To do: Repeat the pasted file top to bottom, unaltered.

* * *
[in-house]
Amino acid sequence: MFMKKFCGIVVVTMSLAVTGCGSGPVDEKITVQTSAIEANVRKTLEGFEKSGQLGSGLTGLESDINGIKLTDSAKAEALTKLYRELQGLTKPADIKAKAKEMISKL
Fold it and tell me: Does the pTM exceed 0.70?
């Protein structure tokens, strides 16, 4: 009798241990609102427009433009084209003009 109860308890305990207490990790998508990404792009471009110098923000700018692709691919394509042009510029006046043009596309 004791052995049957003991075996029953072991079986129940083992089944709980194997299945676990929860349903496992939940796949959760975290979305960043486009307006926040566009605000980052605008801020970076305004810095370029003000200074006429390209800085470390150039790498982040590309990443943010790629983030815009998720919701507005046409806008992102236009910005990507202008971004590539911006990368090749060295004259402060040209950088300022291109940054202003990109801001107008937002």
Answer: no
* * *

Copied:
[in-house]
Amino acid sequence: MFMKKFCGIVVVTMSLAVTGCGSGPVDEKITVQTSAIEANVRKTLEGFEKSGQLGSGLTGLESDINGIKLTDSAKAEALTKLYRELQGLTKPADIKAKAKEMISKL
Fold it and tell me: Does the pTM exceed 0.70?
């Protein structure tokens, strides 16, 4: 009798241990609102427009433009084209003009 109860308890305990207490990790998508990404792009471009110098923000700018692709691919394509042009510029006046043009596309 004791052995049957003991075996029953072991079986129940083992089944709980194997299945676990929860349903496992939940796949959760975290979305960043486009307006926040566009605000980052605008801020970076305004810095370029003000200074006429390209800085470390150039790498982040590309990443943010790629983030815009998720919701507005046409806008992102236009910005990507202008971004590539911006990368090749060295004259402060040209950088300022291109940054202003990109801001107008937002």
Answer: no